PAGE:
Jacques Lipchitz was born in Druskieniki, Lithuania in 1891. He moved to Paris in 1909 as a student to learn stonecutting, studying at the Ecole des Beaux-Arts and the Académie Julian. During the period he explored the boundary between figuration and complete abstraction. Later in his career he frequently based his imagery upon mythological and liturgical texts. Lipchitz eventually settled in the United States in 1941, and throughout his long and prolific career developed an extraordinary range of stylistic and iconographic diversity.
Lipchitz was one of the major figures in Paris when the principles of cubism were being formulated. Tremendously influenced by Picasso's revolutionary ideas, Lipchitz's iconographic sculptures were the three-dimensional counterpart of Picasso's paintings. This connection placed Lipchitz in a category often referred to as "the essential Cubists." In addition to being widely known as a cubist sculptor, Lipchitz explored his subjects in both representational and nonrepresentational styles, including the Abstract Expressionist technique. The boldness and diversity that characterize Lipchitz's sculptures carry over to his prints as well. These traits, in combination with a dynamic use of color, create the signature style of this twentieth-century master.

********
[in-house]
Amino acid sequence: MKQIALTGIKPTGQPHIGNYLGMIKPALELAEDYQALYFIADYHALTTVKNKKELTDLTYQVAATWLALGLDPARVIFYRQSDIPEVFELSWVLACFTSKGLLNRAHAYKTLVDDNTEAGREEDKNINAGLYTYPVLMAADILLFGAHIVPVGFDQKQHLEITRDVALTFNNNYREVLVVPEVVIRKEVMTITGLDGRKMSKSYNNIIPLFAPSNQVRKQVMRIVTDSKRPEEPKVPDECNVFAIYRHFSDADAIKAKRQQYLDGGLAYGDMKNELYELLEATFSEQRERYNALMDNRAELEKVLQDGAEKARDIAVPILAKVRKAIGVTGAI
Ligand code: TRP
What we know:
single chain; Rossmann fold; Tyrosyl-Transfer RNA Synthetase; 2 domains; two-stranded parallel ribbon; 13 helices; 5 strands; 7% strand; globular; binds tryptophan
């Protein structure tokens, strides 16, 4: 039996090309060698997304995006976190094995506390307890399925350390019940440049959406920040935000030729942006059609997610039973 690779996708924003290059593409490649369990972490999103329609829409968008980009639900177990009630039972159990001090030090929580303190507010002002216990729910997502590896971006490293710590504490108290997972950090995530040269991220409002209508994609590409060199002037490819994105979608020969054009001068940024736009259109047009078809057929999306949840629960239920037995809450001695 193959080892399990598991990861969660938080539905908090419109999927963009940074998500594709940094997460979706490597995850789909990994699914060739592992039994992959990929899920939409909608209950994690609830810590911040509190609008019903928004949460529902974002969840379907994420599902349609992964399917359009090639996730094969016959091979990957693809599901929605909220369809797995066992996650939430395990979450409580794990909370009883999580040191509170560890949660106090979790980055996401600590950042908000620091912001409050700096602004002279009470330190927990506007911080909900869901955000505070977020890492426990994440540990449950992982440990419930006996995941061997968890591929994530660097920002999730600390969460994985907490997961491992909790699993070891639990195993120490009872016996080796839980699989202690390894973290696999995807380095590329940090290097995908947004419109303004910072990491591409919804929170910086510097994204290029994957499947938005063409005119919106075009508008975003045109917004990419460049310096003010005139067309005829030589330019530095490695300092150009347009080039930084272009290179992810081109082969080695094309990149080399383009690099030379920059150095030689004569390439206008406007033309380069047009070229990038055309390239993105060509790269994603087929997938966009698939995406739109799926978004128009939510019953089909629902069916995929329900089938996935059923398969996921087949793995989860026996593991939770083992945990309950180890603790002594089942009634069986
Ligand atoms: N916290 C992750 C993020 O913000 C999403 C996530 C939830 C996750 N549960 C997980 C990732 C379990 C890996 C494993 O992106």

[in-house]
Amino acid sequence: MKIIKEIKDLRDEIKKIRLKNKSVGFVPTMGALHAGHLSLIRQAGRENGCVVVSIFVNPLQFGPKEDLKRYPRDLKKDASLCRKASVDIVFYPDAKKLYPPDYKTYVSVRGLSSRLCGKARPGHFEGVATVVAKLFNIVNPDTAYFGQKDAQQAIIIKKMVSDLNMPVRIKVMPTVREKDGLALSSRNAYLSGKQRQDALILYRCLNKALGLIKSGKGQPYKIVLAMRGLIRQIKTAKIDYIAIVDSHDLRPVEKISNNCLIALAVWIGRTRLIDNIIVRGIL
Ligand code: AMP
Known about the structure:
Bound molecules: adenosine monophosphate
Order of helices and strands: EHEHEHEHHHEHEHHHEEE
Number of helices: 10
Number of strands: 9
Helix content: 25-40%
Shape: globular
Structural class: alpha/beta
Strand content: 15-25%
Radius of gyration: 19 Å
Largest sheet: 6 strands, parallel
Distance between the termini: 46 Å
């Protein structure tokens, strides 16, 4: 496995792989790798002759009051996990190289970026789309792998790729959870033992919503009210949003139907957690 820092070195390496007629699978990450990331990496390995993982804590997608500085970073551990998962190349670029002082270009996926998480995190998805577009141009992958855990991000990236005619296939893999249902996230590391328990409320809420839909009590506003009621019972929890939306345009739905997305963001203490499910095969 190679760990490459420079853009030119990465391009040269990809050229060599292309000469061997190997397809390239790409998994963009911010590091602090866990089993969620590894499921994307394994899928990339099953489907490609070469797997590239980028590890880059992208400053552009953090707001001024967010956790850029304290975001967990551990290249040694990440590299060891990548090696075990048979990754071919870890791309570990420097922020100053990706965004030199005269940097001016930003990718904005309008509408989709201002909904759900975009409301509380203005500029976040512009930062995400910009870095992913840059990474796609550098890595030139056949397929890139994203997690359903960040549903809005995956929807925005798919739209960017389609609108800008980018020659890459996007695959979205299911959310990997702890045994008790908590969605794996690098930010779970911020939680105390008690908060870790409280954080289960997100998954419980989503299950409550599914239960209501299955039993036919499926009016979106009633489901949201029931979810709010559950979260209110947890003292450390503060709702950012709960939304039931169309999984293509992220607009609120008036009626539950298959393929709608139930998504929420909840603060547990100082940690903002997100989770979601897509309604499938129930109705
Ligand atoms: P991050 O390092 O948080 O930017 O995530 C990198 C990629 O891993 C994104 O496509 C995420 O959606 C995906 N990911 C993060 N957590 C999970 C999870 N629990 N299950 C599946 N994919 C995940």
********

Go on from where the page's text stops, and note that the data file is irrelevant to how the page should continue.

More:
Lipchitz's works are included in numerous pubic collections worldwide including Centro Museo de Arte Reina Sofía, Madrid, Spain; Hamburger Kunsthalle, Hamburg, Germany; Hirshhorn Museum and Sculpture Garden, Washington, D.C.; Kunstmuseum Basel, Basel, Switzerland; Musee des Beaux-Arts, Nancy, France; The Metropolitan Museum of Art, New York, New York; Museum of Modern Art, New York; National Gallery of Art, Washington, D.C.; Phillips Collection, Washington, D.C.; San Francisco Museum of Modern Art, San Francisco, California; Tate Gallery, London, England; Scottish National Gallery of Modern Art, Edinburgh, Scotland; Solomon R. Guggenheim Museum, New York, New York; Galleria Nazionale d’Arte Moderna, Rome, Italy; Tel Aviv Museum of Art, Tel Aviv, Israel; Tokushima Modern Art Museum, Tokushima, Japan; and the Whitney Museum of American Art, New York.